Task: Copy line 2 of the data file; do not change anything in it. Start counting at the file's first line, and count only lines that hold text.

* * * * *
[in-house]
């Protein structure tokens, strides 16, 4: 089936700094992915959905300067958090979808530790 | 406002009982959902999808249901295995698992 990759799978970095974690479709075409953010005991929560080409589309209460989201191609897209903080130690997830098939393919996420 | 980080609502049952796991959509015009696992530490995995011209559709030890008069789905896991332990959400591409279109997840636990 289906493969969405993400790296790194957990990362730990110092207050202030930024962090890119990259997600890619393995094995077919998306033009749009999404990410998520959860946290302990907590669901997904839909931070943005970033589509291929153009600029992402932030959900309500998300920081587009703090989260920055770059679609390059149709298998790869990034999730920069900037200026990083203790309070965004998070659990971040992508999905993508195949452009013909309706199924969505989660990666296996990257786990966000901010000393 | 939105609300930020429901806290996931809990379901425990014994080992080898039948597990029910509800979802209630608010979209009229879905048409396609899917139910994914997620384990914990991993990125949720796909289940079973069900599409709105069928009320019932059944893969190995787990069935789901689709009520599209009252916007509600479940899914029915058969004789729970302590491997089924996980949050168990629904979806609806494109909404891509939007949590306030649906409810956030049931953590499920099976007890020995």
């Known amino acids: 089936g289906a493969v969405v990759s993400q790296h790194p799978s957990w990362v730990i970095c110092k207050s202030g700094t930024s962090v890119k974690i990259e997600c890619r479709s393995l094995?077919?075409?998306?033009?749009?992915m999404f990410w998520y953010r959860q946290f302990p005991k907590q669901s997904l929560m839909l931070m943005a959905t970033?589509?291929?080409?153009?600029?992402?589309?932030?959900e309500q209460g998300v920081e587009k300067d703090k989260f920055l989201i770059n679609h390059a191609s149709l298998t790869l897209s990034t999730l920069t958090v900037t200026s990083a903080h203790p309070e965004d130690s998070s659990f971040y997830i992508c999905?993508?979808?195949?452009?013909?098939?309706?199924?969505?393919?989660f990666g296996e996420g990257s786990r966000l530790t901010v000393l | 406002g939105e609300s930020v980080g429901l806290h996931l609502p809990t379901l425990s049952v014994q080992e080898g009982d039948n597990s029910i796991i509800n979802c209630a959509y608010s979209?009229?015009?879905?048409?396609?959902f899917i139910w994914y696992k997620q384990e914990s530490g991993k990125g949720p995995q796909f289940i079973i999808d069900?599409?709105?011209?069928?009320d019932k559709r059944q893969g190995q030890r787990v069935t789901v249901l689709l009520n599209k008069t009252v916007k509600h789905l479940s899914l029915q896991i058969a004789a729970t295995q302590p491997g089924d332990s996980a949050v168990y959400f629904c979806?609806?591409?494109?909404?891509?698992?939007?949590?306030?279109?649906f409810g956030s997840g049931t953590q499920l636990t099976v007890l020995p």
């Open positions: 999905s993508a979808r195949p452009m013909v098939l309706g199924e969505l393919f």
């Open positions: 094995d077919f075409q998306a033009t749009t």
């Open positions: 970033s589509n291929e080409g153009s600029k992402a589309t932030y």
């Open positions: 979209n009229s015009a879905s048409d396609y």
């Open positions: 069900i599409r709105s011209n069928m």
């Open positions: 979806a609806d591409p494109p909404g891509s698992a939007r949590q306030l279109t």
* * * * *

């Protein structure tokens, strides 16, 4: 089936700094992915959905300067958090979808530790 | 406002009982959902999808249901295995698992 990759799978970095974690479709075409953010005991929560080409589309209460989201191609897209903080130690997830098939393919996420 | 980080609502049952796991959509015009696992530490995995011209559709030890008069789905896991332990959400591409279109997840636990 289906493969969405993400790296790194957990990362730990110092207050202030930024962090890119990259997600890619393995094995077919998306033009749009999404990410998520959860946290302990907590669901997904839909931070943005970033589509291929153009600029992402932030959900309500998300920081587009703090989260920055770059679609390059149709298998790869990034999730920069900037200026990083203790309070965004998070659990971040992508999905993508195949452009013909309706199924969505989660990666296996990257786990966000901010000393 | 939105609300930020429901806290996931809990379901425990014994080992080898039948597990029910509800979802209630608010979209009229879905048409396609899917139910994914997620384990914990991993990125949720796909289940079973069900599409709105069928009320019932059944893969190995787990069935789901689709009520599209009252916007509600479940899914029915058969004789729970302590491997089924996980949050168990629904979806609806494109909404891509939007949590306030649906409810956030049931953590499920099976007890020995």